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The cover page of the book gives the solution to the popular puzzle,

Is it possible for a knight to tour the chessboard, visiting every square once and only once, and return to its initial square?

The solution to the puzzle lies in thinking about a graph containing vertices as squares of the chess board and the adjacency of two vertices based on the validity of a knight move. If you want to solve such a problem for a general n*n square, you need a graph processing algorithm.

Graphical models are considered as of the most important classes of models in applied mathematics. The first time I came across graphs in the context of statistics was in Larry Wasserman book, ”All of Statistics”. According to Wasserman,

The typical mathematical statistics course spends too much time on tedious and uninspiring topics (counting methods, two dimensional integrals, etc.) at the expense of covering modern concepts (bootstrapping, curve estimation, graphical models, etc.).

Wasserman devotes one full chapter on Directed Acyclic Graphs and its connections to statistical modeling. At the time I was reading Wasserman’s book , I was clueless and had deferred that chapter until I understood some basic principles of graph theory. It has been almost three years since I read Wasserman’s book and yet I could not find time to go over Graph theory. Sometimes I feel that there are so many things that I am ignorant of, that it will take my entire life to get a good understanding of modern statistics and build some meaningful models. In any case, I can only do one thing at a time and so I finally decided to understand this topic by going over a book that is targeted towards undergrads.

The first chapter of the book is on Mathematical models and gives a basic flavor of the modeling process. The chapter then goes on to define various terms relevant to graph theory such as

  • graph
  • edge set
  • edges
  • vertex set
  • vertices
  • order of graph
  • size of graph
  • adjacent vertices
  • incident to an edge or incident with an edge
  • directed graph / digraph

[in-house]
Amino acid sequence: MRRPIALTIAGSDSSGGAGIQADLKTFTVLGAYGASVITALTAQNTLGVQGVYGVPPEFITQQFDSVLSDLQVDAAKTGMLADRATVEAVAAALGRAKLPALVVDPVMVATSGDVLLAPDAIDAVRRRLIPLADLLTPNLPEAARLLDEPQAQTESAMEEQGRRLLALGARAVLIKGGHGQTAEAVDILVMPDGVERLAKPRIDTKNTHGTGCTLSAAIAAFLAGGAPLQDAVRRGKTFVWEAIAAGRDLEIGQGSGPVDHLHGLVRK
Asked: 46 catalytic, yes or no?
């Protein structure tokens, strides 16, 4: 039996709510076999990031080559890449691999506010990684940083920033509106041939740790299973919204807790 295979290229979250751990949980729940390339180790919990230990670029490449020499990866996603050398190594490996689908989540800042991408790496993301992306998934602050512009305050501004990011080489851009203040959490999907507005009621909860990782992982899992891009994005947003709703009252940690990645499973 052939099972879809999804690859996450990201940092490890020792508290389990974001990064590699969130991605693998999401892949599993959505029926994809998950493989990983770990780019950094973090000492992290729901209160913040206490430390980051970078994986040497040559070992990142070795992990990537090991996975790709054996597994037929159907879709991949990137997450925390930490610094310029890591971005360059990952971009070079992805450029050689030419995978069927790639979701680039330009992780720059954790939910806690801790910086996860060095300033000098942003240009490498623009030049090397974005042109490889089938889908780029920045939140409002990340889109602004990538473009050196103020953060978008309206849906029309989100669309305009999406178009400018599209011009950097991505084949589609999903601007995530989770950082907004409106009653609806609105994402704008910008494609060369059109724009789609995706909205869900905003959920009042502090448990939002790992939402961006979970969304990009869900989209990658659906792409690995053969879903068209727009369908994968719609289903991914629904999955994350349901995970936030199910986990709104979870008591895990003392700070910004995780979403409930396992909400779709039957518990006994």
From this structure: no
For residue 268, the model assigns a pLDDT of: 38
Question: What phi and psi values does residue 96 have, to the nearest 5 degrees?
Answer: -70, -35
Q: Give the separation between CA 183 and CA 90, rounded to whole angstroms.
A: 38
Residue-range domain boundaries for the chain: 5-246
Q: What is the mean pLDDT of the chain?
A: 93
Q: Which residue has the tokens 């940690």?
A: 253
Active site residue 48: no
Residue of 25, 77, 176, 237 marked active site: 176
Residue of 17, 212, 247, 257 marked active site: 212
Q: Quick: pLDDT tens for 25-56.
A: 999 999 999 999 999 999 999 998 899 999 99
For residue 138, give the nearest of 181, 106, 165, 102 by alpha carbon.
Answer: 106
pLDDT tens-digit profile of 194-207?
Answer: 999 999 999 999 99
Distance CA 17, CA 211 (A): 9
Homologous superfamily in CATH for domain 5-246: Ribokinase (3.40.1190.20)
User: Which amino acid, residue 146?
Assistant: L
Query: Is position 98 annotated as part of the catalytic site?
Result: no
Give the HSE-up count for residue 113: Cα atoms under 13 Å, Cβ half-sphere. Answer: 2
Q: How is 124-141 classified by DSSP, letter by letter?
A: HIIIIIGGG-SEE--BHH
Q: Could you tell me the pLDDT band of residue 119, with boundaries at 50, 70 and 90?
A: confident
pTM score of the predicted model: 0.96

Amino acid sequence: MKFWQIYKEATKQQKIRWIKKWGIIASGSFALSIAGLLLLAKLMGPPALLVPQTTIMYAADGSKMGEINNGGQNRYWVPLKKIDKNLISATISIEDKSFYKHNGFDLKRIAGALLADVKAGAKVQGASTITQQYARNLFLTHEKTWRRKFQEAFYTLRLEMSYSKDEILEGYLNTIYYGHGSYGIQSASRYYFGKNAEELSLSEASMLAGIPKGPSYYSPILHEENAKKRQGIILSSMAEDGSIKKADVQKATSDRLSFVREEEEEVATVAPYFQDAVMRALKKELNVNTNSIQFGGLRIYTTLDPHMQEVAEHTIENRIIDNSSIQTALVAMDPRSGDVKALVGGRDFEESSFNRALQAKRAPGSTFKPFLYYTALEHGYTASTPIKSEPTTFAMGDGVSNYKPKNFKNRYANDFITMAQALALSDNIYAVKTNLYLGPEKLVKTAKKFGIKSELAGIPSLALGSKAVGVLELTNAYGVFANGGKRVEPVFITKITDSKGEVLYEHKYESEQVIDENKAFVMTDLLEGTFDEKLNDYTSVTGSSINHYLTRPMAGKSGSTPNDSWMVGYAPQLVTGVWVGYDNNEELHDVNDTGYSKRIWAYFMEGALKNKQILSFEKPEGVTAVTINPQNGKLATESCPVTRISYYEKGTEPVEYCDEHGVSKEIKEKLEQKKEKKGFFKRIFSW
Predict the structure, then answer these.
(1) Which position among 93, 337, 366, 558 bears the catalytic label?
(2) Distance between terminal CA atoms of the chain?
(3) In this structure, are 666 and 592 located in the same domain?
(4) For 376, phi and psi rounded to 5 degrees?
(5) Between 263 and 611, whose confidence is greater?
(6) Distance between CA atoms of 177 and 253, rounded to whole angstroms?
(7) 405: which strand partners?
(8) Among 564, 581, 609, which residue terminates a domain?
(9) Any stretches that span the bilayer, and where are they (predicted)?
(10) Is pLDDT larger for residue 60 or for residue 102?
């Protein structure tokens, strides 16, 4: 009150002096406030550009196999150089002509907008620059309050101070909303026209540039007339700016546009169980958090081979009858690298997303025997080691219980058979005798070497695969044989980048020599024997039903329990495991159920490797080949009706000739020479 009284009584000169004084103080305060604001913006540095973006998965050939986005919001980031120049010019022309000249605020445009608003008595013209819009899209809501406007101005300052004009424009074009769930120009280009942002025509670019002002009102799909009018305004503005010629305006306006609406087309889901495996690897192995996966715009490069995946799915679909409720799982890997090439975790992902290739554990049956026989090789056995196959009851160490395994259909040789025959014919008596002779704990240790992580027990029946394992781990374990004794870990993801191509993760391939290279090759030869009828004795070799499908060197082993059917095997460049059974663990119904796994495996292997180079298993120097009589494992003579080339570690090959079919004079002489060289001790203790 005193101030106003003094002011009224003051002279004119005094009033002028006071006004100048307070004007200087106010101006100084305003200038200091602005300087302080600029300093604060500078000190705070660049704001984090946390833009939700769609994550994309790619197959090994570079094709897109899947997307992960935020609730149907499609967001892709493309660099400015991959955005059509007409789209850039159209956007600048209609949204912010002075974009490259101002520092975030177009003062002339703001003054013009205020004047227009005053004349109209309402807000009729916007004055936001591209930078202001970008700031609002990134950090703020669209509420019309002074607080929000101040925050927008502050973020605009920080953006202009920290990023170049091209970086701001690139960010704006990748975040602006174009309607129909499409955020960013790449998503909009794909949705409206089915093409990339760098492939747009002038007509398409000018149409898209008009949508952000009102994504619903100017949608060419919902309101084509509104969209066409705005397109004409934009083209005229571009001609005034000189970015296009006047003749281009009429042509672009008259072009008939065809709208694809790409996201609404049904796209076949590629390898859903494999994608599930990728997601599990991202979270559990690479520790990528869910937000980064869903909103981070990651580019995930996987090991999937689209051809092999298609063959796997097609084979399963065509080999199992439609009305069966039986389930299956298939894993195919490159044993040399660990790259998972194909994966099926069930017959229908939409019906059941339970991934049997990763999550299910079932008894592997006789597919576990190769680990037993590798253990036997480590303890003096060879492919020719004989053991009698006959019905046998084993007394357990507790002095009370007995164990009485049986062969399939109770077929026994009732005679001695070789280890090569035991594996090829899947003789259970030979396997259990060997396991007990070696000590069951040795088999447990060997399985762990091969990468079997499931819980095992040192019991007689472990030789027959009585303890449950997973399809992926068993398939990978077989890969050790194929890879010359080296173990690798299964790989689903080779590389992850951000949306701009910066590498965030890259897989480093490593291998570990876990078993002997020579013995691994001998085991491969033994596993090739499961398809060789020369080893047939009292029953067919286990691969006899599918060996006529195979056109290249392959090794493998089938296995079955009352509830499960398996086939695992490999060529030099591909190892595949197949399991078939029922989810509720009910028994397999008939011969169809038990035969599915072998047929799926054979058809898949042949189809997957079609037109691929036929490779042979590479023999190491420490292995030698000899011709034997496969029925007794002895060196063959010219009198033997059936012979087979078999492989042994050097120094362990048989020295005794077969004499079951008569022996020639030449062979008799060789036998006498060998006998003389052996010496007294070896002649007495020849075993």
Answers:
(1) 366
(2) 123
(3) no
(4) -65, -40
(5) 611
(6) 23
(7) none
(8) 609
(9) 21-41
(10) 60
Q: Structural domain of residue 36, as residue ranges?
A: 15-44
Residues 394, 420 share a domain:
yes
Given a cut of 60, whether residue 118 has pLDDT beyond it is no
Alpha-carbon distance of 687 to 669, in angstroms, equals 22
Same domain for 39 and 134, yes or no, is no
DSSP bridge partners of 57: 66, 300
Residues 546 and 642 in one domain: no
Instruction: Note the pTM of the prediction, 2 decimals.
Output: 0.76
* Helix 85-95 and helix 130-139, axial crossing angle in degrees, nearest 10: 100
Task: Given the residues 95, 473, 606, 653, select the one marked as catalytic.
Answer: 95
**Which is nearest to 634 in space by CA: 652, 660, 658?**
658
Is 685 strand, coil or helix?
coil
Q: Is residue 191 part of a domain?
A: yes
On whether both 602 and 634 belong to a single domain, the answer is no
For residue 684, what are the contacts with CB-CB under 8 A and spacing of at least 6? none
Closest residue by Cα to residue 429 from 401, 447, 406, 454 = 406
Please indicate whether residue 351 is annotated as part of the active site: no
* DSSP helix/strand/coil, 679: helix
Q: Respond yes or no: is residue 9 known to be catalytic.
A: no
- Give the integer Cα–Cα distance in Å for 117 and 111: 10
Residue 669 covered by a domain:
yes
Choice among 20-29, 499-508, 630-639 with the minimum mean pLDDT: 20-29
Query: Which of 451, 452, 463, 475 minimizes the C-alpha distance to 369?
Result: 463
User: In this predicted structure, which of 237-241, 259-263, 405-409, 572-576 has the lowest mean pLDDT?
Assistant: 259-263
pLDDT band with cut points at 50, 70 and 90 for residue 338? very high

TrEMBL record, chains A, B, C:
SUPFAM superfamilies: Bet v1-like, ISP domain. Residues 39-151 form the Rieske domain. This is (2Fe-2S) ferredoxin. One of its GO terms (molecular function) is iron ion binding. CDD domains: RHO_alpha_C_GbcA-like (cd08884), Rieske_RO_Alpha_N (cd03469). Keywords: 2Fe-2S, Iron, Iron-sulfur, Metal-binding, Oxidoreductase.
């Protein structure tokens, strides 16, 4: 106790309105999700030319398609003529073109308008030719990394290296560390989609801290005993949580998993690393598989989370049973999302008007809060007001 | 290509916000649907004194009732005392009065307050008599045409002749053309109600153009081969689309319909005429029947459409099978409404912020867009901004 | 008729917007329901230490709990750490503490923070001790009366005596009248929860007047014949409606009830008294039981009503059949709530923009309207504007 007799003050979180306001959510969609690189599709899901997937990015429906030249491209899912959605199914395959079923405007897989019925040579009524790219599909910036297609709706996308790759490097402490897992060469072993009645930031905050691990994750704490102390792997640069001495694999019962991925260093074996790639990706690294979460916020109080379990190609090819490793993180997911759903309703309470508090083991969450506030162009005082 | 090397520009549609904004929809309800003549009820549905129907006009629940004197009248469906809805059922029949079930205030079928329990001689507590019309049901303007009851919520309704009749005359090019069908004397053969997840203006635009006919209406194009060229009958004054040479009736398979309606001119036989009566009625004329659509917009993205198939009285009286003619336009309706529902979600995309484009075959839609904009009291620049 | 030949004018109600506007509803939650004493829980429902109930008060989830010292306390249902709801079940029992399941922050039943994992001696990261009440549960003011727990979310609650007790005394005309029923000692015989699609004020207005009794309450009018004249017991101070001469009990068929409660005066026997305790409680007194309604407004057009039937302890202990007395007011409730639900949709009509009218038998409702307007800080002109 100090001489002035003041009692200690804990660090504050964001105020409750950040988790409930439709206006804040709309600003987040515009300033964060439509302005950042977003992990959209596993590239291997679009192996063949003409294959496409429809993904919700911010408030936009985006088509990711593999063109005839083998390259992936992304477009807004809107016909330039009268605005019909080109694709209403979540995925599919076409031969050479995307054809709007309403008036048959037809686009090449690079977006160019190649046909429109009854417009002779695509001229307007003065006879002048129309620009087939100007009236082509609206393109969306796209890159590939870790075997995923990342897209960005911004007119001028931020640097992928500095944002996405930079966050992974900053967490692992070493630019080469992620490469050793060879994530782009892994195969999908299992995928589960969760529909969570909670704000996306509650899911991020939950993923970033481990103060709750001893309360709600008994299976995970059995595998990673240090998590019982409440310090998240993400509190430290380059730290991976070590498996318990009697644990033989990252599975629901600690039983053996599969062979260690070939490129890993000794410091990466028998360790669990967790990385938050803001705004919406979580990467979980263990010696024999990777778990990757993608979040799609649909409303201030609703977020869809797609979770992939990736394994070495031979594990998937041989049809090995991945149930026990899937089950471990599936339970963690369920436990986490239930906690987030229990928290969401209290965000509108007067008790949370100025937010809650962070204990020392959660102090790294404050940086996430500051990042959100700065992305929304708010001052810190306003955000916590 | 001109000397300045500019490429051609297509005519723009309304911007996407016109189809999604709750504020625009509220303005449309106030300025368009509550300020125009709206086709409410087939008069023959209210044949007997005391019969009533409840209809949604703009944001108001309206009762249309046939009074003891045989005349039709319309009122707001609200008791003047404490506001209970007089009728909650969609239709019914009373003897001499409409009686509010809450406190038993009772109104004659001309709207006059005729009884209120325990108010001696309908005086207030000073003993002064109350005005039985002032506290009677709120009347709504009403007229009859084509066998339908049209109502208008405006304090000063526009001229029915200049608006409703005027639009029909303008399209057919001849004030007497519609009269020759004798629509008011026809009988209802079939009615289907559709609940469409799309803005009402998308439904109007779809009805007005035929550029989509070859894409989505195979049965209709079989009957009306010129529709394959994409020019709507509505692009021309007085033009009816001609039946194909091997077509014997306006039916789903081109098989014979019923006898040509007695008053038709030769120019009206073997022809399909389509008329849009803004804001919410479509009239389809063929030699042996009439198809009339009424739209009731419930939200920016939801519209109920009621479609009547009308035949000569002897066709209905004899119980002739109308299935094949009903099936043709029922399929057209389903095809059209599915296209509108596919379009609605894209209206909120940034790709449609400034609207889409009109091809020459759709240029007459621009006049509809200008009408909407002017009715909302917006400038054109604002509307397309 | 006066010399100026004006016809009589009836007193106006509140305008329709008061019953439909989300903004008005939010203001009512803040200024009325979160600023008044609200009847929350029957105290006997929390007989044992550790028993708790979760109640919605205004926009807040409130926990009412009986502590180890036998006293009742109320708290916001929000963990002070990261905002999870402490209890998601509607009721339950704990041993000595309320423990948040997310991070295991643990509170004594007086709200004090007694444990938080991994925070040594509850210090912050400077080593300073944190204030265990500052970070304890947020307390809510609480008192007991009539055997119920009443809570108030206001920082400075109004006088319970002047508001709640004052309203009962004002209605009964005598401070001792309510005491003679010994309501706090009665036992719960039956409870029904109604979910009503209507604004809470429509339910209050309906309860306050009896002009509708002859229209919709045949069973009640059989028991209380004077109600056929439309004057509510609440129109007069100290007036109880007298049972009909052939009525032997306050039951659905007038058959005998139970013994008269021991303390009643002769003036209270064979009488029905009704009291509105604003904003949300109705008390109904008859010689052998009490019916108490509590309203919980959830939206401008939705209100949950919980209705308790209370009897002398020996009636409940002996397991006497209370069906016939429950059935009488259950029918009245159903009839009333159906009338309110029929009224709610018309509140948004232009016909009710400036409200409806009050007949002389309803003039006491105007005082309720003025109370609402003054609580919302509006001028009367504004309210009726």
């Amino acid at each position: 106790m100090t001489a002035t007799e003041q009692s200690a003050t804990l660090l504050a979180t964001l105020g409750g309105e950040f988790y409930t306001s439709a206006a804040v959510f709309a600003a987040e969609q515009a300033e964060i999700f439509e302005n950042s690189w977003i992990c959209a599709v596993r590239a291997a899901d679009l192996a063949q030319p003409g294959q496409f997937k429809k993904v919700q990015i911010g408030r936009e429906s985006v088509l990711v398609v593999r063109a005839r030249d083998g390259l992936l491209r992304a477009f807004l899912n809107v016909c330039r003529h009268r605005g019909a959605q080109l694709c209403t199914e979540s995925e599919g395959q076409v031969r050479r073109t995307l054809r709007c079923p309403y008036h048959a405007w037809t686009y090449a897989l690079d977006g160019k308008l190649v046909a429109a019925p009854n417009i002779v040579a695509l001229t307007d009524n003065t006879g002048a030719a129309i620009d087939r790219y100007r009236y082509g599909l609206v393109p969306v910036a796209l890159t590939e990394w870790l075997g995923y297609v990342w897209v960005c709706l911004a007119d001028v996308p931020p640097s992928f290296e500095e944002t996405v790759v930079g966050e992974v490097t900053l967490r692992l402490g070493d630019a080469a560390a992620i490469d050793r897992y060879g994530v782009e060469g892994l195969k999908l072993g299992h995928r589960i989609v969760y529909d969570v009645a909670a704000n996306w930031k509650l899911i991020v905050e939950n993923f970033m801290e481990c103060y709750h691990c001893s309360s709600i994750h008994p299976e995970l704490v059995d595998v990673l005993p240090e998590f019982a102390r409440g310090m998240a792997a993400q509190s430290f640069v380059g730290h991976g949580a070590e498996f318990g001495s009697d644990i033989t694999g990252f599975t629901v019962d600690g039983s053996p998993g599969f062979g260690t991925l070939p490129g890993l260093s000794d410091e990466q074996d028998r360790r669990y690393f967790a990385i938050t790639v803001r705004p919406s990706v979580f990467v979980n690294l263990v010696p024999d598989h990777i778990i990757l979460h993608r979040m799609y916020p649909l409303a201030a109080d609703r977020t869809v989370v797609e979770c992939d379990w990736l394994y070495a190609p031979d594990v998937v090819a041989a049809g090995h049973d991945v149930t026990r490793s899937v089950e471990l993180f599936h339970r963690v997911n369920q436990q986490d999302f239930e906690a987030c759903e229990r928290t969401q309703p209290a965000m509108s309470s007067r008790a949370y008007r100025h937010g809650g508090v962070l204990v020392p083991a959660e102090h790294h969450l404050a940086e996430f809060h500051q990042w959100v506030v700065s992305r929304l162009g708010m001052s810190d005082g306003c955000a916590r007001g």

• directed edge
  • symmetric digraphs
  • network
  • undirected network
  • directed network
  • signed graph
  • positive edge
  • negative edge
  • multigraph
  • multi edges
  • loop graph
  • loop digraphs
  • loop-networks
  • loop multigraphs

By going over the definitions and explanations carefully, a reader will have an understanding that Graph is a mathematical object that is characterized by edge set, vertex set and relation set on vertex set. Order and size of the graph capture the number of nodes and edges in a graph. Depending on the type of edges, the graphs can be directed or undirected.

The second chapter introduces the term “isomorphism” and gives examples of identifying isomorphic graphs. In fact “ is isomorphic” is an equivalence relation and can be used to partition the universe of graphs. The chapter then introduces the following terms with rich visuals :

  • degree of the vertex
  • graph of degree r / r regular graph
  • complete graph
  • isomorphic
  • isomorphism
  • subgraph
  • u-v walk
  • u-v trail
  • u-v path
  • connected graph
  • disconnected graph
  • circuit
  • cycle
  • cut vertex
  • bridge

The book then takes a novel approach for explaining various principles of graph theory. Instead of defining the terms, giving theorems and proofs, it gives a set of applications where graphs can be used as effective tools for problem solving. In the process, it explains all the relevant theorems and principles.

The book uses Konisberg 7 bridges problem and Traveling Salesman problem to explain the following terms

  • eulerian trail
  • eulerian circuit
  • eulerian graph
  • eulerian multigraph
  • traversable graph
  • hamiltonian graph
  • hamiltonian cycle

A reader will never confuse the meaning of the above terms once they are explained in terms of a problem. Eulerian / Traversable graph comes up in 7 bridges problem where it deals with traversing each edge once . A Hamiltonian graph is relevant to solving Traveling salesman problem where each vertex needs to be touched once. The chapter also states the conditions (sometimes necessary, sometimes sufficient) for a graph to be Eulerian / Hamiltonian. There is also some historical trivia mentioned  , for example

Hamiltonian graph got its name from the famous Irish mathematician Sir William Rowan Hamilton(1805-1865) who invented a game that involved a regular solid dodecahedron. Hamilton labeled each vertex with a name of a well known city and object of the game was to travel “All around the world” with traversing each city exactly once.

Using an example of building a rail network between a set of cities, the book introduces the terms like trees, forest, spanning trees, spanning forests and minimum spanning trees. Digraphs are introduced via PERT. There are a lot of algorithms in the CS literature that can be used to find the minimum spanning trees in a graph. I think this book gives enough motivation for an interested reader to look up various graph processing algorithms.

Using party puzzles the book introduces bipartite graphs and Ramsey numbers. In the process it also shows that graph theory development is far from over as there a quite a number of problems yet to be cracked.

The book also contains a chapter that is full of puzzles and the way they can be solved by looking for a graph structure. Towards the end of the book, the author talks about representing the graph as a incidence matrix. By looking at the graph from a matrix stand point, relations between edges, nodes etc. can be culled out from the four fundamental subspaces of the matrix. After reading through this book, I think I am little bit equipped to slog through application of DAGs in statistical modeling.

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